Acute disseminated encephalomyelitis (ADEM): Symptoms, causes, diagnosis and treatment - PowerPoint PPT Presentation

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Acute disseminated encephalomyelitis (ADEM): Symptoms, causes, diagnosis and treatment

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Acute disseminated encephalomyelitis (ADEM) is a neurological, immune-mediated disorder in which widespread inflammation of the brain and spinal cord damages tissue known as white matter. – PowerPoint PPT presentation

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Title: Acute disseminated encephalomyelitis (ADEM): Symptoms, causes, diagnosis and treatment


1
Acute Disseminated Encephalomyelitis (ADEM)
2
Acute Disseminated Encephalomyelitis (ADEM)
  • Acute disseminated encephalomyelitis (ADEM) is a
    neurological, immune-mediated disorder in which
    widespread inflammation of the brain and spinal
    cord damages tissue known as white matter. White
    matter is tissue composed of nerve fibres, many
    of which are covered by a collection of fats and
    proteins known as myelin. Myelin, which
    collectively may be referred to as the myelin
    sheath, protects the nerve fibres, acts as an
    insulator and increases the speed of transmission
    of nerve signals. Damage to the myelin sheath
    affects the nerves ability to transmit
    information and potentially can cause a wide
    range of neurological symptoms.

3
Causes of Acute disseminated encephalomyelitis
(ADEM)
  • The exact cause of ADEM is not known. However,
    most clinical investigators agree that the
    disorder is most likely the result of an abnormal
    immune system response to an infection or other
    trigger. Many researchers suggest that ADEM may
    represent an abnormal immune reaction directed
    against the bodys own tissues (autoimmune
    disorder). In autoimmune disorders, the bodys
    natural defences (e.g., antibodies, lymphocytes)
    against substances that are perceived as foreign
    (antigens) inappropriately begin to attack
    healthy tissues, for unknown reasons.

4
Symptoms
  • In some cases, a viral infection precedes the
    development of symptoms by two days to four
    weeks. Less often, the disorder may follow a
    vaccination. However, a preceding event is not
    always identified and some cases appear to occur
    spontaneously. Typically, ADEM is considered a
    monophasic disorder, which is a disorder that has
    a single occurrence or one phase in a particular
    individual.  The progression and severity of
    ADEM varies from one person to another. Initial
    symptoms usually develop rapidly and may include
    various symptoms common to many different
    illnesses (nonspecific symptoms) including fever,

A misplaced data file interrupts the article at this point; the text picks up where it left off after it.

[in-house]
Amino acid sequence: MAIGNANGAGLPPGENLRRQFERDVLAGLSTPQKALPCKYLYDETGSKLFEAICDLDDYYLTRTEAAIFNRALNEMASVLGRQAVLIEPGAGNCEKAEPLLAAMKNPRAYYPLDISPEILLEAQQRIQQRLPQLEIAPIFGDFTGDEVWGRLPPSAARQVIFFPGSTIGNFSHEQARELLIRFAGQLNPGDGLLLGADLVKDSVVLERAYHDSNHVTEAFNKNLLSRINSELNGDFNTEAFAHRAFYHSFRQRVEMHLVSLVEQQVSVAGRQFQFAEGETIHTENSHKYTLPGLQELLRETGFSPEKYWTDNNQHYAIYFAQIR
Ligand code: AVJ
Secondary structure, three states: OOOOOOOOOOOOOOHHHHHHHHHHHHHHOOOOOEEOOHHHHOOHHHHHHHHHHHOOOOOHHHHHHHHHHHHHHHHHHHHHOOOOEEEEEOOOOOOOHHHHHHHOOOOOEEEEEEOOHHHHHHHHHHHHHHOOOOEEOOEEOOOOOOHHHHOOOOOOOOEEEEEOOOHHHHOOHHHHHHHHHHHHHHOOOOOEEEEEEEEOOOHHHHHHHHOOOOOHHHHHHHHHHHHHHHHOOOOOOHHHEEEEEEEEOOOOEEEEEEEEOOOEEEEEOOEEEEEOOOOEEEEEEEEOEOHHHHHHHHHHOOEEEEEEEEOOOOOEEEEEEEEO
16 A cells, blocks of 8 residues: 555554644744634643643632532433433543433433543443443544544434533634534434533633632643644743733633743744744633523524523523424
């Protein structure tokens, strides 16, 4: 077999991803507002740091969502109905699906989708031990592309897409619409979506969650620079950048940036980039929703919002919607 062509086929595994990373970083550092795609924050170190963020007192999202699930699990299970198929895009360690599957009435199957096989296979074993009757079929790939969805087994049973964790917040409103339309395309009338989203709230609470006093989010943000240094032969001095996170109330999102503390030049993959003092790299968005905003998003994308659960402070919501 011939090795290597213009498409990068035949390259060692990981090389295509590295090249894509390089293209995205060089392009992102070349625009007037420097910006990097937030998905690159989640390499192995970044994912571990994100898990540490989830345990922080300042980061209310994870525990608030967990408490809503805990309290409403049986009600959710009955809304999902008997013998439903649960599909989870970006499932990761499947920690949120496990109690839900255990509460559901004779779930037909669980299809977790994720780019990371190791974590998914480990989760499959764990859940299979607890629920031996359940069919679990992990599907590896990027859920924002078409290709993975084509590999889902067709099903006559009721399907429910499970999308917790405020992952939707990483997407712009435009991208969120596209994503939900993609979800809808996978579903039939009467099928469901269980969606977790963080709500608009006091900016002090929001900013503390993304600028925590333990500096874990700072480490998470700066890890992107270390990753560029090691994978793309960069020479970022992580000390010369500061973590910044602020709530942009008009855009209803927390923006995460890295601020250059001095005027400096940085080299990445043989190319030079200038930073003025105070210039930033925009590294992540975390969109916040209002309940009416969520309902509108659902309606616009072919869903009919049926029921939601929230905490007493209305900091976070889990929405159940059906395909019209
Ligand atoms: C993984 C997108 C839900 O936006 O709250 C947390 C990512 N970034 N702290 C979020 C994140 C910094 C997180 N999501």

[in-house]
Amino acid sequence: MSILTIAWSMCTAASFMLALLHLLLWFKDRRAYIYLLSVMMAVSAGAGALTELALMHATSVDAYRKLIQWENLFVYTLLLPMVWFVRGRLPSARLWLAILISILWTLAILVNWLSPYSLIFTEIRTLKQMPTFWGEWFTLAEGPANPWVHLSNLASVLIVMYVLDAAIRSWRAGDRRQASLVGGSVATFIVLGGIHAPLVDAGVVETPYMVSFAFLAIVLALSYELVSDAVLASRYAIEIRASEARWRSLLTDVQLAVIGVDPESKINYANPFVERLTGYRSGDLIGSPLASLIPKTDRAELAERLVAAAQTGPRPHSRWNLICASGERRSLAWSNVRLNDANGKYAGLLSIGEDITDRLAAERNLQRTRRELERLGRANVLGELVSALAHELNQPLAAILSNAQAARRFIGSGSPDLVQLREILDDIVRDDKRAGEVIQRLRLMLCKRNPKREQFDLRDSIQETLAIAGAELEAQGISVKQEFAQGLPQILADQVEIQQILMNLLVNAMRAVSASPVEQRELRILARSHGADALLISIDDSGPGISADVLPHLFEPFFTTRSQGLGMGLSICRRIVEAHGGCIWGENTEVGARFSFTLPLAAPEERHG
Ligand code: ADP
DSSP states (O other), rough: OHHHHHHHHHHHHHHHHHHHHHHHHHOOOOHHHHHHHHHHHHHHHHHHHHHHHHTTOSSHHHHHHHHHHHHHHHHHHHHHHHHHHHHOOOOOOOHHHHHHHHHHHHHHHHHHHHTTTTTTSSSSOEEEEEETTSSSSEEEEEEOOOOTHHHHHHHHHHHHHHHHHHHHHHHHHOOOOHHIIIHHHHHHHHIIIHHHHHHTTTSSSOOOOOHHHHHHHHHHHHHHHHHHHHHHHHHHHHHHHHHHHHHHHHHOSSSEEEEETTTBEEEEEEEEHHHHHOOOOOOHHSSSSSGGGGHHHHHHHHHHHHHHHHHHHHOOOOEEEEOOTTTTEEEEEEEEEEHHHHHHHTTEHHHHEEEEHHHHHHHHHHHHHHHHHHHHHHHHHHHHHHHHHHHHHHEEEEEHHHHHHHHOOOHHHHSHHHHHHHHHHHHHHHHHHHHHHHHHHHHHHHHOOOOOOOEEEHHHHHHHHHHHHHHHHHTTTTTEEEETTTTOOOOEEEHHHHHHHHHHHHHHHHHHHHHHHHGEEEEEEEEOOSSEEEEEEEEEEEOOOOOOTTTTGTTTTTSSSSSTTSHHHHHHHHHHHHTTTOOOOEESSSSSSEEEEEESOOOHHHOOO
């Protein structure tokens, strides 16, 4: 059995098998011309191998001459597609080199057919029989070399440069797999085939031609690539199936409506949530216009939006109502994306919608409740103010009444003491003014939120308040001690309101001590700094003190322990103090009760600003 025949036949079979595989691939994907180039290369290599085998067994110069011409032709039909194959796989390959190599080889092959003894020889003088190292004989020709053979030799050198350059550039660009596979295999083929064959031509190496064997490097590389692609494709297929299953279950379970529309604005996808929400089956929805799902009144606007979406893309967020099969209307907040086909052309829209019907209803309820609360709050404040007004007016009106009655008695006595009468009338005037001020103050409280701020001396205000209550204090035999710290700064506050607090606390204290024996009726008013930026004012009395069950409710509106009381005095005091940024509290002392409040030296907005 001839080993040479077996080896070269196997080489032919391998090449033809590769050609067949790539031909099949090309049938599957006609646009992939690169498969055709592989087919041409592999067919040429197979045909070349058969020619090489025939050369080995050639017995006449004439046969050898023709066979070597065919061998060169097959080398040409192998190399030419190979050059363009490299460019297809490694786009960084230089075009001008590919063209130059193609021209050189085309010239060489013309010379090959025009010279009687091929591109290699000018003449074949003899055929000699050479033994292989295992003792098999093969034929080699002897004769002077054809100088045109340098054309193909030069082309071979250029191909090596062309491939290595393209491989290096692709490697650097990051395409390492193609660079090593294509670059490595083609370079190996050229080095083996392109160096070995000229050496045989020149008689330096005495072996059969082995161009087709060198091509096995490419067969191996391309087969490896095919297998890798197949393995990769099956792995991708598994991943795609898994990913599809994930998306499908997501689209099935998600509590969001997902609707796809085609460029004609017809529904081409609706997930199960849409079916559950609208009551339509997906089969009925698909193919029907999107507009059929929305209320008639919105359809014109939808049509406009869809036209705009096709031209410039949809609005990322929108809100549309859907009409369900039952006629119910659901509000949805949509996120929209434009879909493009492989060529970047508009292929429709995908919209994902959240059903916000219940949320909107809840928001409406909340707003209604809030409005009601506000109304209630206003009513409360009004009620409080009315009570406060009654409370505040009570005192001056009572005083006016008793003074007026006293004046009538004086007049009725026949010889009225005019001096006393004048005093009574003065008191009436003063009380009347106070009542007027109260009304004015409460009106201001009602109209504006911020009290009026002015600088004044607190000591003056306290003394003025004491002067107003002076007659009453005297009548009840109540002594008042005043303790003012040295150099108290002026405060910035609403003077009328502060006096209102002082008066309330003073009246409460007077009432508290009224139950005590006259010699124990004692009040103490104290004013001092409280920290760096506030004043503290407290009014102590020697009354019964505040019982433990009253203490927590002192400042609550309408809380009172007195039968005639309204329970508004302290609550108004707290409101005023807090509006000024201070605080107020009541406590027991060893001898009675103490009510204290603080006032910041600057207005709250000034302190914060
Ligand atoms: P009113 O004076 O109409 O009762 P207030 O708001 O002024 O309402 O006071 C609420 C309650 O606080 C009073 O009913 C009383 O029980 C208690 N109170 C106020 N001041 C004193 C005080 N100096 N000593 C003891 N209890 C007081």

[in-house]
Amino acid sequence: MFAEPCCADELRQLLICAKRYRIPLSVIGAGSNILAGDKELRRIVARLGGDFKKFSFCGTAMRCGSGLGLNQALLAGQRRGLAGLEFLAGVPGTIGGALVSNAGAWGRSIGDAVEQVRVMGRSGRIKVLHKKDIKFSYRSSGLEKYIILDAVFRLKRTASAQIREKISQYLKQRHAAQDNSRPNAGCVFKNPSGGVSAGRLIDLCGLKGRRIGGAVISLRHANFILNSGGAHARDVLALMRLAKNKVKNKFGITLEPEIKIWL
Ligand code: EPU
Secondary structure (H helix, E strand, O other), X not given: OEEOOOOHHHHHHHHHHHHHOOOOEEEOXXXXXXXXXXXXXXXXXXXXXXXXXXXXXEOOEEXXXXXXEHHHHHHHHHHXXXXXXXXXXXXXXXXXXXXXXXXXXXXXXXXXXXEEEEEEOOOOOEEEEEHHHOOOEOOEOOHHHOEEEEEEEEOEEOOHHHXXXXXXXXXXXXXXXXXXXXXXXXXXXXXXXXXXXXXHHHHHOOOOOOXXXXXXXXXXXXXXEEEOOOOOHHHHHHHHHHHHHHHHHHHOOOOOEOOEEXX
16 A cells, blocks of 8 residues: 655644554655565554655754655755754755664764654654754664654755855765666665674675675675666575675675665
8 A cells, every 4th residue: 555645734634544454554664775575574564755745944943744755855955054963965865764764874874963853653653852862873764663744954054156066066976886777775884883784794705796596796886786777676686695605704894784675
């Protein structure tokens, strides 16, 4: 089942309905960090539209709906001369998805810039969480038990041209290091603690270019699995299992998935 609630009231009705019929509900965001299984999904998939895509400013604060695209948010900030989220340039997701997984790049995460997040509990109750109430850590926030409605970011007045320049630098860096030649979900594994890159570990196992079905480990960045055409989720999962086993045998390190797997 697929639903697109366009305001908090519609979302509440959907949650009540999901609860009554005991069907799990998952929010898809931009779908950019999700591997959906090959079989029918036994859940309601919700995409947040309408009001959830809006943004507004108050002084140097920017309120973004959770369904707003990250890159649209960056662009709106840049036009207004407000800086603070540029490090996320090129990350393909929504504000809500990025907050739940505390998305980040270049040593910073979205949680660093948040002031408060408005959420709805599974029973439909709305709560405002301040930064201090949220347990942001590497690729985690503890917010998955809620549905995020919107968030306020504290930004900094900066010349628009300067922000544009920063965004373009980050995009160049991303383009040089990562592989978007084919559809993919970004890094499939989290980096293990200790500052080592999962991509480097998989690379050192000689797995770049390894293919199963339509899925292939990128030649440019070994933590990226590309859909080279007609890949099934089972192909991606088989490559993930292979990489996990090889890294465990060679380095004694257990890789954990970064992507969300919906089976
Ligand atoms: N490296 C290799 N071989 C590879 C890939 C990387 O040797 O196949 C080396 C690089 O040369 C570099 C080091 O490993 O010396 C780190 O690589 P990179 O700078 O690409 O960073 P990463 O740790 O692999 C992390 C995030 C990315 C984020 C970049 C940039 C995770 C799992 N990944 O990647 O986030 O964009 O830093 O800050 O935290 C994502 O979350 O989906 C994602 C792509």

headaches, irritability, fatigue, lethargy, a
    general feeling of ill health (malaise),
    unintended weight loss and abdominal complaints
    including nausea and vomiting. In some cases,
    these symptoms may be followed by mental status
    changes such as confusion, stupor, delirium and,
    potentially, coma.  The symptoms of ADEM may
    also be affected by age of onset. Seizures are
    common in children and adults. Long-lasting
    fevers and headaches are more common in children
    than adults. Sensory deficits predominantly
    affect adults.

5
Diagnosis of Acute disseminated encephalomyelitis
(ADEM) 
  • A diagnosis of ADEM is made based upon
    identification of characteristic symptoms, a
    detailed patient history, a thorough clinical
    evaluation and a variety of specialized tests
    including imaging techniques such as magnetic
    resonance imaging (MRI). An MRI uses a magnetic
    field and radio waves to produce cross-sectional
    images of particular organs and bodily tissues
    and can demonstrate characteristic brain lesions
    in individuals with ADEM. Additional tests to
    exclude other conditions may also be performed.
    Such tests may include infectious, immunologic,
    and metabolic tests.

6
Treatments
  • No standard therapy for ADEM has been
    established. Most therapies that have been used
    to treat ADEM have some effect of suppressing the
    activity of the immune system (immunosuppressive
    therapy). Such therapies include corticosteroids,
    immunoglobulin (IVIg) therapy, or
    plasmapheresis.  High dose regimens of
    corticosteroids have commonly been used to treat
    individuals with ADEM and generally are
    considered the mainstay of treatment.
    Corticosteroids have led to an improvement of
    symptoms in many cases. Corticosteroids are the
    most widely reported therapy for individuals with
    ADEM. Methyl prednisone is a specific
    corticosteroid that is commonly used for ADEM.

7
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